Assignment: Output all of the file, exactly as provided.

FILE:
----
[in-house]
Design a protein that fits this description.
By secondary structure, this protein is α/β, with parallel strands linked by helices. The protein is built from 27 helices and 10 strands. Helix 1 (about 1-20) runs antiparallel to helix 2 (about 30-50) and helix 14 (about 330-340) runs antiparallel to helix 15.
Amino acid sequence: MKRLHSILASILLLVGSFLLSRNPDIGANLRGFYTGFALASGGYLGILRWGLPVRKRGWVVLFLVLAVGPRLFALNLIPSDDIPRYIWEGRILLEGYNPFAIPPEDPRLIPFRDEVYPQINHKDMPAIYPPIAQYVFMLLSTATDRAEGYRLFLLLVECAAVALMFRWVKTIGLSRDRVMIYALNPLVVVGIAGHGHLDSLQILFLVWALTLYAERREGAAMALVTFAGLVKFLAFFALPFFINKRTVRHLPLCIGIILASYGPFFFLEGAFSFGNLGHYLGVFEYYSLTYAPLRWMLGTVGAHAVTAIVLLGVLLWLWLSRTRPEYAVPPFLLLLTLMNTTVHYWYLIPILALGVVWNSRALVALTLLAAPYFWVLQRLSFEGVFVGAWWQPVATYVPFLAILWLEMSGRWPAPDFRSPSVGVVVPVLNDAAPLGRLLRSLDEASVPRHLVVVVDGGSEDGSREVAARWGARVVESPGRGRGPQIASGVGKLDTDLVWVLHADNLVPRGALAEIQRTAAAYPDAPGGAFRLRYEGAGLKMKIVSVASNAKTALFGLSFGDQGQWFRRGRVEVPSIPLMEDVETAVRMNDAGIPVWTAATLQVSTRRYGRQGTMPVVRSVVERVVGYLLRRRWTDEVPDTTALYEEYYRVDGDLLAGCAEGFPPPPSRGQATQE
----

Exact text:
[in-house]
Design a protein that fits this description.
By secondary structure, this protein is α/β, with parallel strands linked by helices. The protein is built from 27 helices and 10 strands. Helix 1 (about 1-20) runs antiparallel to helix 2 (about 30-50) and helix 14 (about 330-340) runs antiparallel to helix 15.
Amino acid sequence: MKRLHSILASILLLVGSFLLSRNPDIGANLRGFYTGFALASGGYLGILRWGLPVRKRGWVVLFLVLAVGPRLFALNLIPSDDIPRYIWEGRILLEGYNPFAIPPEDPRLIPFRDEVYPQINHKDMPAIYPPIAQYVFMLLSTATDRAEGYRLFLLLVECAAVALMFRWVKTIGLSRDRVMIYALNPLVVVGIAGHGHLDSLQILFLVWALTLYAERREGAAMALVTFAGLVKFLAFFALPFFINKRTVRHLPLCIGIILASYGPFFFLEGAFSFGNLGHYLGVFEYYSLTYAPLRWMLGTVGAHAVTAIVLLGVLLWLWLSRTRPEYAVPPFLLLLTLMNTTVHYWYLIPILALGVVWNSRALVALTLLAAPYFWVLQRLSFEGVFVGAWWQPVATYVPFLAILWLEMSGRWPAPDFRSPSVGVVVPVLNDAAPLGRLLRSLDEASVPRHLVVVVDGGSEDGSREVAARWGARVVESPGRGRGPQIASGVGKLDTDLVWVLHADNLVPRGALAEIQRTAAAYPDAPGGAFRLRYEGAGLKMKIVSVASNAKTALFGLSFGDQGQWFRRGRVEVPSIPLMEDVETAVRMNDAGIPVWTAATLQVSTRRYGRQGTMPVVRSVVERVVGYLLRRRWTDEVPDTTALYEEYYRVDGDLLAGCAEGFPPPPSRGQATQE